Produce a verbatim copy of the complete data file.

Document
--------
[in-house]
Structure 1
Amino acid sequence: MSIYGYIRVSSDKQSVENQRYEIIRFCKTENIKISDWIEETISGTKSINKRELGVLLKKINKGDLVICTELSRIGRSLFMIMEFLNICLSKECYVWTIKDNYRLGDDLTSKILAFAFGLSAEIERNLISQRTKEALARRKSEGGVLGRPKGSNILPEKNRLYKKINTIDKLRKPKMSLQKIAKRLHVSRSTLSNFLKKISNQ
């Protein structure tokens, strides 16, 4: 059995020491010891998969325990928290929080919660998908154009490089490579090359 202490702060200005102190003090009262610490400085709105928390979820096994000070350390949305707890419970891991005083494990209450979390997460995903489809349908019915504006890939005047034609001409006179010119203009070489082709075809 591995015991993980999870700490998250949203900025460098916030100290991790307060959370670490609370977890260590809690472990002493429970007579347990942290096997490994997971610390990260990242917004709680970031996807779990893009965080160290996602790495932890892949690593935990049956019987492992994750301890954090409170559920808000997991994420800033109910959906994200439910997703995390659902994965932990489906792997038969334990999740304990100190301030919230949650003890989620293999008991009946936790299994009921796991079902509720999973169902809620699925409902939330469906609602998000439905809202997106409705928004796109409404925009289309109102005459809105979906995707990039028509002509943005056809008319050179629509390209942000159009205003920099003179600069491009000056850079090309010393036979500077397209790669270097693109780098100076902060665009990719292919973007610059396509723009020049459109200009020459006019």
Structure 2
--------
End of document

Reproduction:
[in-house]
Structure 1
Amino acid sequence: MSIYGYIRVSSDKQSVENQRYEIIRFCKTENIKISDWIEETISGTKSINKRELGVLLKKINKGDLVICTELSRIGRSLFMIMEFLNICLSKECYVWTIKDNYRLGDDLTSKILAFAFGLSAEIERNLISQRTKEALARRKSEGGVLGRPKGSNILPEKNRLYKKINTIDKLRKPKMSLQKIAKRLHVSRSTLSNFLKKISNQ
């Protein structure tokens, strides 16, 4: 059995020491010891998969325990928290929080919660998908154009490089490579090359 202490702060200005102190003090009262610490400085709105928390979820096994000070350390949305707890419970891991005083494990209450979390997460995903489809349908019915504006890939005047034609001409006179010119203009070489082709075809 591995015991993980999870700490998250949203900025460098916030100290991790307060959370670490609370977890260590809690472990002493429970007579347990942290096997490994997971610390990260990242917004709680970031996807779990893009965080160290996602790495932890892949690593935990049956019987492992994750301890954090409170559920808000997991994420800033109910959906994200439910997703995390659902994965932990489906792997038969334990999740304990100190301030919230949650003890989620293999008991009946936790299994009921796991079902509720999973169902809620699925409902939330469906609602998000439905809202997106409705928004796109409404925009289309109102005459809105979906995707990039028509002509943005056809008319050179629509390209942000159009205003920099003179600069491009000056850079090309010393036979500077397209790669270097693109780098100076902060665009990719292919973007610059396509723009020049459109200009020459006019």
Structure 2